by Steve Adubato, PhD

In the world of business, really strong leaders never stop learning or stop looking for new ways of looking at old and new problems. One of those leaders whose business library is particularly impressive is Marc Mackin, president of LAPP Holding North America, part of the worldwide LAPP Group, the leader in advanced cable technology, flexible cable, connectors and accessories. I was recently in Marc’s office preparing for a communication seminar and we were talking about the challenges he and other presidents and CEOs face, such as leading and embracing change, the issue of succession planning and the nagging problem of too many professionals who just don’t make strong presentations.

As I spoke with Mackin, and was looking over his shoulder, I was amazed by the number of books in his office dealing with these and related topics. Now, there are many business professionals that have lots of books in their library, but what struck me in my conversation with Mackin was that not only has he read a lot, but he tries to live it every day. Moreover, he works to implement some of these business concepts and communicate them to those in his organization. When I asked him which business books he found most useful, he shared the following list; Change the Culture, Change the Game by Roger Connors and Tom Smith; Leaders at All Levels by Ram Charan; Execution: The Discipline of Getting Things Done by Larry Bossidy, Ram Charan and Charles Burck; and one of my favorites, Good to Great by Jim Collins.

But how does Marc Mackin have the time to read so many books about business when he is running a company? He responded by saying, “You don’t have the time not to.” Then immediately he made reference to Stephen Covey’s groundbreaking book The 7 Habits of Highly Effective People. Mackin said, “You remember the 7th habit? Sharpen the saw?” What Mackin was saying was that leaders have to stay sharp, on the cutting edge and exposing themselves to new and different approaches in an ever changing industry and marketplace.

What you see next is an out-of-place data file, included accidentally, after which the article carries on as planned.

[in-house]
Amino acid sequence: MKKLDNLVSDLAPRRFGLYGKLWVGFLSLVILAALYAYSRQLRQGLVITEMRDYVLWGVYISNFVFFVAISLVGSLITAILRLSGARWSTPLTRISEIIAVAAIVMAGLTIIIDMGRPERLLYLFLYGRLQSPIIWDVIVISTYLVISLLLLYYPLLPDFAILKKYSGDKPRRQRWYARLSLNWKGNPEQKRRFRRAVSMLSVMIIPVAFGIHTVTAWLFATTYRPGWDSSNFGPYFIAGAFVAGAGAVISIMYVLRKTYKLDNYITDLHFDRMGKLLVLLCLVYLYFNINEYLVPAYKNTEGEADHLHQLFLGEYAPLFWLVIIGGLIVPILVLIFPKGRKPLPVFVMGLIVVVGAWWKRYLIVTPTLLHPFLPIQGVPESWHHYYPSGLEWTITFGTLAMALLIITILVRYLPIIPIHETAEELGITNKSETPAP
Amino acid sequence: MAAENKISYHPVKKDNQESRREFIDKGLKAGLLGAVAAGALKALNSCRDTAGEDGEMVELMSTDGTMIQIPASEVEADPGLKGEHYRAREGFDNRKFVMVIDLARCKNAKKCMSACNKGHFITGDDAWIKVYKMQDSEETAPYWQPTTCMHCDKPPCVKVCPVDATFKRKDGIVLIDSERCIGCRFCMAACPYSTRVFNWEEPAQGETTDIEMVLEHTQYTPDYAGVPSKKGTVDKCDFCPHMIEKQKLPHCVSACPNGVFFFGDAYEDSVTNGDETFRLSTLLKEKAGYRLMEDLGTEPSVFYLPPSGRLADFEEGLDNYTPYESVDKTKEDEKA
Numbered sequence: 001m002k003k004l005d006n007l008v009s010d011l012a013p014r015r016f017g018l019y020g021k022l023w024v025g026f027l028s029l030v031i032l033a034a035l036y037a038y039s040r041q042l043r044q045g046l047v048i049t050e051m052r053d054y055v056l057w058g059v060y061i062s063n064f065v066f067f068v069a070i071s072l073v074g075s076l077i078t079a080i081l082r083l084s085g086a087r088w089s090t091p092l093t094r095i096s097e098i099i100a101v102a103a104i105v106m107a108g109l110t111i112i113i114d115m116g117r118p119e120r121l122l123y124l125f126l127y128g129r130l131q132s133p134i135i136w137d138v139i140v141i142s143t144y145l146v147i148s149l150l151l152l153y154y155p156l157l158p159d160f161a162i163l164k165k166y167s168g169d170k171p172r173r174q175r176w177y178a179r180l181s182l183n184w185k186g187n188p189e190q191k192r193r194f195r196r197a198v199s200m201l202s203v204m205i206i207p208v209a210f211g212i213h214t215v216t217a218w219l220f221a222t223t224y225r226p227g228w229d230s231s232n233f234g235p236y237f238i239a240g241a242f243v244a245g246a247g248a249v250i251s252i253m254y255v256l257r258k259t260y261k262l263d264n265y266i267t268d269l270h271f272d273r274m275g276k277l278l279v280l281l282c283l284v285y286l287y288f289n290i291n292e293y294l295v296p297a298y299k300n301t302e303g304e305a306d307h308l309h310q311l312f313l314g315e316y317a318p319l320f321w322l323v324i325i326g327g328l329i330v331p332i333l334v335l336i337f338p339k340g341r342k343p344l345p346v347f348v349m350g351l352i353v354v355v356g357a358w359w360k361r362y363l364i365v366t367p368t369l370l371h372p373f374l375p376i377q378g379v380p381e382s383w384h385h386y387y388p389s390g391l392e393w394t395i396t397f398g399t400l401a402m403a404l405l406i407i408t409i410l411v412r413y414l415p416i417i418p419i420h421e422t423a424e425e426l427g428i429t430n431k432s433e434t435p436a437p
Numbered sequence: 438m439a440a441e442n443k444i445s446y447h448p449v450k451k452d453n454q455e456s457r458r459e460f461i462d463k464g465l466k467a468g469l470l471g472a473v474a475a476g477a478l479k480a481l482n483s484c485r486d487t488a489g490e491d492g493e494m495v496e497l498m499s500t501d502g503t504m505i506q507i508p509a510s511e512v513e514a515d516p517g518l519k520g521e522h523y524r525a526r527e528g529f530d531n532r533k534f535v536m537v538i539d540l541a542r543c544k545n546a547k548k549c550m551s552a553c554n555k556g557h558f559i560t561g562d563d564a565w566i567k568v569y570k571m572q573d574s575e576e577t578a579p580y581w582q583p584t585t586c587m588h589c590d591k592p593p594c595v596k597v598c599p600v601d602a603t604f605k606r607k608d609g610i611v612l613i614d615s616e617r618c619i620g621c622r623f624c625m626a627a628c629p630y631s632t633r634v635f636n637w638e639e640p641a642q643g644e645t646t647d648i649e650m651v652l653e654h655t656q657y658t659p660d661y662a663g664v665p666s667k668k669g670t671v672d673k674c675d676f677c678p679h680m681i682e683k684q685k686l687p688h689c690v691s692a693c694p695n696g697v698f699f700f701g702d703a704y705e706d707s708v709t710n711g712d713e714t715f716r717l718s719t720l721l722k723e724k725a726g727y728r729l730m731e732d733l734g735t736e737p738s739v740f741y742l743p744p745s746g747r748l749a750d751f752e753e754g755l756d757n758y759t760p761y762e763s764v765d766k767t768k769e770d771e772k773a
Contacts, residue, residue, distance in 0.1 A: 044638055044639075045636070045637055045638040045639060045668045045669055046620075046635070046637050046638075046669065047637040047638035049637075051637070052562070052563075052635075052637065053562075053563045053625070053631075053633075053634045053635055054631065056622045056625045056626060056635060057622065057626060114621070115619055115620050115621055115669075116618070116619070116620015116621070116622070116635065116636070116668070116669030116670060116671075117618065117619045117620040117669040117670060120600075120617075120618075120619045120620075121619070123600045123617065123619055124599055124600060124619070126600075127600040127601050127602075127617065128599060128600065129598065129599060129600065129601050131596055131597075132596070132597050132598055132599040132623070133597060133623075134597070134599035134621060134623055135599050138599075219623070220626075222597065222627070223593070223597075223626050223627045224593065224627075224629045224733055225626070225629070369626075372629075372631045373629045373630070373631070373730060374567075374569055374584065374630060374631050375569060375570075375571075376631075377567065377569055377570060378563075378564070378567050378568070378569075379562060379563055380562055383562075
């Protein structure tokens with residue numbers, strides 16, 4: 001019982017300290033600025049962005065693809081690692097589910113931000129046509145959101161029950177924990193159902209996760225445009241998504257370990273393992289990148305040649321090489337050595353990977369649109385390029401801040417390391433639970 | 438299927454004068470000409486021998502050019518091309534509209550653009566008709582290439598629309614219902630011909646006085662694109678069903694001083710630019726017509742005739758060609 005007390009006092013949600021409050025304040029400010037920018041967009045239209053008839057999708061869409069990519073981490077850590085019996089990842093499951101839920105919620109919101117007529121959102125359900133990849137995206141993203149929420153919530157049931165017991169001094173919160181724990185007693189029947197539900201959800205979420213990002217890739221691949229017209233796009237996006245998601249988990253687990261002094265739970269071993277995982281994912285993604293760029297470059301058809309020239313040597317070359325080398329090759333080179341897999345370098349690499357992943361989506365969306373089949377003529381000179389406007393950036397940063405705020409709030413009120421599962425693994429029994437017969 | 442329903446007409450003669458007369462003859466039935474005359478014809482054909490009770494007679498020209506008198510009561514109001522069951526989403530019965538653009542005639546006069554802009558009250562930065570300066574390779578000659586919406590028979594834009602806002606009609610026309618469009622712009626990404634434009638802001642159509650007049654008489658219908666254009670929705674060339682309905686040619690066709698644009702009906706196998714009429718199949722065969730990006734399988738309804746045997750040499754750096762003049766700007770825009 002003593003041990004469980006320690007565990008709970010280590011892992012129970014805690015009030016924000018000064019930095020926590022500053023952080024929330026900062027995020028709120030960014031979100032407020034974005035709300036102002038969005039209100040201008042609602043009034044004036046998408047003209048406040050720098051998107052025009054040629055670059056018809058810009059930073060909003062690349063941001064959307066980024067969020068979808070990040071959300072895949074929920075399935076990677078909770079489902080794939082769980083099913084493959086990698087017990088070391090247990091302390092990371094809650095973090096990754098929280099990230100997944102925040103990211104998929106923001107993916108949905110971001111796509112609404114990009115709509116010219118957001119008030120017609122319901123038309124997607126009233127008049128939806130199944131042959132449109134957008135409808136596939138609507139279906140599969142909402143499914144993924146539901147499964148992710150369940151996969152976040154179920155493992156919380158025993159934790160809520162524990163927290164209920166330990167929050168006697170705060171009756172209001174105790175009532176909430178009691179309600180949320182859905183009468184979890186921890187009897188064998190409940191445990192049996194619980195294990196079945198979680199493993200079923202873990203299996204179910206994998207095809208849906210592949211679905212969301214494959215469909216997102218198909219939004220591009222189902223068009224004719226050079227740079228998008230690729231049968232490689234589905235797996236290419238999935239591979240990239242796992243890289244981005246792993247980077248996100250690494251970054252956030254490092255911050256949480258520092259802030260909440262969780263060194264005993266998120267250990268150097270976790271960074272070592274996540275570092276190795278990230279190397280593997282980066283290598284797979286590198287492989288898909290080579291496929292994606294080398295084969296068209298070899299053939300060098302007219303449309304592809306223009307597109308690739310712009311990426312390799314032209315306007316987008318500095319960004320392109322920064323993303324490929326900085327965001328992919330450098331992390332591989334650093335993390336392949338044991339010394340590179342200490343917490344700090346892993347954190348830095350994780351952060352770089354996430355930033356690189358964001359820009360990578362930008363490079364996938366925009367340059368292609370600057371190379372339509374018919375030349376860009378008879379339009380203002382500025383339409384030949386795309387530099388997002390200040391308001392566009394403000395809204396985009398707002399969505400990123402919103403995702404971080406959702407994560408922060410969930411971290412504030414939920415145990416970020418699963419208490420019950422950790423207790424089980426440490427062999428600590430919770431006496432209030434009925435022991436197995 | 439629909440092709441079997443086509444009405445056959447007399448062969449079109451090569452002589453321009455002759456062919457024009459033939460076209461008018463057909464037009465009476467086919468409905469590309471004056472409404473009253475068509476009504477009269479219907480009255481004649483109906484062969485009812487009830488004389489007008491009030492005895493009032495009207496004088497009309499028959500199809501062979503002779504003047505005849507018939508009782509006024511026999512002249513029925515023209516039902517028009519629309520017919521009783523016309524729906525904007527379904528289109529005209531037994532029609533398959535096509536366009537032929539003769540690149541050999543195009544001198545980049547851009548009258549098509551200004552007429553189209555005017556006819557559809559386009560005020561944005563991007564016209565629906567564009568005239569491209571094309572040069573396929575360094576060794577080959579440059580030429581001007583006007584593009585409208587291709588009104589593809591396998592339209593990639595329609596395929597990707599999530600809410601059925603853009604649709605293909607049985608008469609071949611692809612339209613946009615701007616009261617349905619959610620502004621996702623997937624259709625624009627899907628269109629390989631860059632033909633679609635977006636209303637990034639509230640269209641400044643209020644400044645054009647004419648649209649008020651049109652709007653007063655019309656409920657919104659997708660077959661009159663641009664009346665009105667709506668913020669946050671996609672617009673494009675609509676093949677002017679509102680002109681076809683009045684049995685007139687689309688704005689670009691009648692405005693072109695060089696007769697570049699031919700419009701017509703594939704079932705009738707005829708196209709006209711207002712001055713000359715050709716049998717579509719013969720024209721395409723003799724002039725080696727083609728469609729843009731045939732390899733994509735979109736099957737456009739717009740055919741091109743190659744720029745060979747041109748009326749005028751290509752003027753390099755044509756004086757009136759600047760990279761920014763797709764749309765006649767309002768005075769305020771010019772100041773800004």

What’s also interesting is that Mackin is attempting to model the work of Covey and Chris McChesney who co-authored The 4 Disciplines of Execution. Mackin says that one of the keys to the 4 disciplines is to focus on what the authors called “wildly important goals”. Mackin says that these are the “musts and not the wants” of an organization. This is what an organization HAS to accomplish in order to stay in the game.

Further, according to Mackin, “You can have lots of great ideas and call them goals, but according to the ‘4 Disciplines’, the more goals you have, the greater the likelihood of you not achieving any of them.” What Mackin has taken away from the ‘4 Disciplines” is that if his organization focuses on between 1 and 3 strategically important goals, they can have “up to an 85% success rate”. However, according to Mackin, “if we have between 11 and 20 goals, research shows that we are likely to accomplish none of them because we cannot focus on that many things at one time.”

The bottom line is that no matter where you rank in the business hierarchy, you can never know or learn enough. Great leaders keep reading and stay curious. They also communicate to those around them what they’ve learned. They want to know more and realize that one of the ways to do that is by strategically growing your library of business books. Marc Mackin and other smart leaders know that, but more importantly, the key is to try to live it every day and attempt to get others on your team to adopt this approach.